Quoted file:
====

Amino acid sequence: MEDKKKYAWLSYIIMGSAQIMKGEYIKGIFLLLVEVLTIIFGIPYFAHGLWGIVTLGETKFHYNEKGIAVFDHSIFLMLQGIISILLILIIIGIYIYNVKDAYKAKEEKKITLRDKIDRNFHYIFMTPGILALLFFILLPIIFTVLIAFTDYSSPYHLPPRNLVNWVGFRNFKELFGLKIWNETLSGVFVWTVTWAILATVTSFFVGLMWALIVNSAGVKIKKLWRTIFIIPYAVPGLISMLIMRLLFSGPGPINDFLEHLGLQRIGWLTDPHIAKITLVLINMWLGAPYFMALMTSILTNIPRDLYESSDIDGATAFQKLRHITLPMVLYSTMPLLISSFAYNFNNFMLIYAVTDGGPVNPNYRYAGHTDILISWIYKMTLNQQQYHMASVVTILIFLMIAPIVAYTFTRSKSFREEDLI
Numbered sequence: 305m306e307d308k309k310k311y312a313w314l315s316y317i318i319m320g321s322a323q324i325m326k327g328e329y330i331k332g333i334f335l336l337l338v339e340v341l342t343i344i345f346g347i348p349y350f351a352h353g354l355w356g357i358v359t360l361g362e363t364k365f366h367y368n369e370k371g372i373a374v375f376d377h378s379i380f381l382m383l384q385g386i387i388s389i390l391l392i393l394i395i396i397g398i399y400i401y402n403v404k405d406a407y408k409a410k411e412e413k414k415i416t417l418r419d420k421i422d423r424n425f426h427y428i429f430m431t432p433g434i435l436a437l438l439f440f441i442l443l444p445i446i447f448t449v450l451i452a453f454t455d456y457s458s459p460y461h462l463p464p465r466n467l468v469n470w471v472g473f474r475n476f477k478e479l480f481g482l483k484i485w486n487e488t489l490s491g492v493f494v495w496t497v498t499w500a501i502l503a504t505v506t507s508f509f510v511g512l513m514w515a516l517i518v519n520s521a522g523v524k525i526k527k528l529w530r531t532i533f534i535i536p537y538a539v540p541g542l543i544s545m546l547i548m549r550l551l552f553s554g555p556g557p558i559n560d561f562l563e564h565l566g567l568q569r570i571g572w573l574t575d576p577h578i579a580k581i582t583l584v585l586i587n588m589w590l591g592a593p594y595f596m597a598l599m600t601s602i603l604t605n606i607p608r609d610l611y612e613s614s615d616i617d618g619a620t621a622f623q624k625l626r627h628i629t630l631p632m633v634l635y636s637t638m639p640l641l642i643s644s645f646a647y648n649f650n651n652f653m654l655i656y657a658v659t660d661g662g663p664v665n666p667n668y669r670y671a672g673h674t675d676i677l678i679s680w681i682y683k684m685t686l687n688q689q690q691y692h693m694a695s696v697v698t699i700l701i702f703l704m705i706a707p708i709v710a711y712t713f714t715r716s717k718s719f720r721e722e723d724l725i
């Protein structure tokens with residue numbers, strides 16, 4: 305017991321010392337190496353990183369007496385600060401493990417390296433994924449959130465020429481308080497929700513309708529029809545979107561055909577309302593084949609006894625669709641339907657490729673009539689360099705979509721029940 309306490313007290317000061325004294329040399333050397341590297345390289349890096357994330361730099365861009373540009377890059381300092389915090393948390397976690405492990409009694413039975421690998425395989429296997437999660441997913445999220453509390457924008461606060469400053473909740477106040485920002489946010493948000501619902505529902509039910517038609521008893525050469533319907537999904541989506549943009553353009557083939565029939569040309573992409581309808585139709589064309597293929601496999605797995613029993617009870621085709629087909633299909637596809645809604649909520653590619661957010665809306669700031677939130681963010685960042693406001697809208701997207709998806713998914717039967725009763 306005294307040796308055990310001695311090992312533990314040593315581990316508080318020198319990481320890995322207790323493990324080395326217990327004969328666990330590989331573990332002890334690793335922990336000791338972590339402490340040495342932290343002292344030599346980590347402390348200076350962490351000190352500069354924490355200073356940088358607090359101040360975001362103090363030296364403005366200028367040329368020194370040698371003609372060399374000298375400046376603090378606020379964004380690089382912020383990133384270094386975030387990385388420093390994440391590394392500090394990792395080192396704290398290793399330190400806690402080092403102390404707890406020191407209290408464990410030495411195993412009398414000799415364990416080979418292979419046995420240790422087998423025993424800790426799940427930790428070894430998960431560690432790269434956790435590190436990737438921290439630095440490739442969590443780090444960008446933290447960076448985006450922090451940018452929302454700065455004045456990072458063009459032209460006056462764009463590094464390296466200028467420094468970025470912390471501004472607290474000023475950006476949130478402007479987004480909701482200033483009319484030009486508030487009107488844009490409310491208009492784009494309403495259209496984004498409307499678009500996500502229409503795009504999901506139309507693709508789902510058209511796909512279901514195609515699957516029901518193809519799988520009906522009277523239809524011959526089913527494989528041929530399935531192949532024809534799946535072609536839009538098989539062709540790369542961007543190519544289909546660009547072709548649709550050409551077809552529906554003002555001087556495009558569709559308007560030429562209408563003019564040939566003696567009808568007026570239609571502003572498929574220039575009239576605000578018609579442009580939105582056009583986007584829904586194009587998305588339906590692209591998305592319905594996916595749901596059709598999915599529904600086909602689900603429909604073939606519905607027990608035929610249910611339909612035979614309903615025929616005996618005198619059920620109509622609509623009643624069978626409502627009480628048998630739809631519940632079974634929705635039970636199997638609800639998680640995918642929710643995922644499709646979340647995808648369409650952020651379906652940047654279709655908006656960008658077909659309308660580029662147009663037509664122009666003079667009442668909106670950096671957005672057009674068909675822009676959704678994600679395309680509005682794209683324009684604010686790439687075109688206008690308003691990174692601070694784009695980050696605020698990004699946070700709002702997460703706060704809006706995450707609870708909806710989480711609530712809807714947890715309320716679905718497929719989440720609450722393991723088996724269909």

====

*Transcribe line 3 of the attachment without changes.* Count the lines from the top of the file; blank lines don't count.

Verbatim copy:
């Protein structure tokens with residue numbers, strides 16, 4: 305017991321010392337190496353990183369007496385600060401493990417390296433994924449959130465020429481308080497929700513309708529029809545979107561055909577309302593084949609006894625669709641339907657490729673009539689360099705979509721029940 309306490313007290317000061325004294329040399333050397341590297345390289349890096357994330361730099365861009373540009377890059381300092389915090393948390397976690405492990409009694413039975421690998425395989429296997437999660441997913445999220453509390457924008461606060469400053473909740477106040485920002489946010493948000501619902505529902509039910517038609521008893525050469533319907537999904541989506549943009553353009557083939565029939569040309573992409581309808585139709589064309597293929601496999605797995613029993617009870621085709629087909633299909637596809645809604649909520653590619661957010665809306669700031677939130681963010685960042693406001697809208701997207709998806713998914717039967725009763 306005294307040796308055990310001695311090992312533990314040593315581990316508080318020198319990481320890995322207790323493990324080395326217990327004969328666990330590989331573990332002890334690793335922990336000791338972590339402490340040495342932290343002292344030599346980590347402390348200076350962490351000190352500069354924490355200073356940088358607090359101040360975001362103090363030296364403005366200028367040329368020194370040698371003609372060399374000298375400046376603090378606020379964004380690089382912020383990133384270094386975030387990385388420093390994440391590394392500090394990792395080192396704290398290793399330190400806690402080092403102390404707890406020191407209290408464990410030495411195993412009398414000799415364990416080979418292979419046995420240790422087998423025993424800790426799940427930790428070894430998960431560690432790269434956790435590190436990737438921290439630095440490739442969590443780090444960008446933290447960076448985006450922090451940018452929302454700065455004045456990072458063009459032209460006056462764009463590094464390296466200028467420094468970025470912390471501004472607290474000023475950006476949130478402007479987004480909701482200033483009319484030009486508030487009107488844009490409310491208009492784009494309403495259209496984004498409307499678009500996500502229409503795009504999901506139309507693709508789902510058209511796909512279901514195609515699957516029901518193809519799988520009906522009277523239809524011959526089913527494989528041929530399935531192949532024809534799946535072609536839009538098989539062709540790369542961007543190519544289909546660009547072709548649709550050409551077809552529906554003002555001087556495009558569709559308007560030429562209408563003019564040939566003696567009808568007026570239609571502003572498929574220039575009239576605000578018609579442009580939105582056009583986007584829904586194009587998305588339906590692209591998305592319905594996916595749901596059709598999915599529904600086909602689900603429909604073939606519905607027990608035929610249910611339909612035979614309903615025929616005996618005198619059920620109509622609509623009643624069978626409502627009480628048998630739809631519940632079974634929705635039970636199997638609800639998680640995918642929710643995922644499709646979340647995808648369409650952020651379906652940047654279709655908006656960008658077909659309308660580029662147009663037509664122009666003079667009442668909106670950096671957005672057009674068909675822009676959704678994600679395309680509005682794209683324009684604010686790439687075109688206008690308003691990174692601070694784009695980050696605020698990004699946070700709002702997460703706060704809006706995450707609870708909806710989480711609530712809807714947890715309320716679905718497929719989440720609450722393991723088996724269909």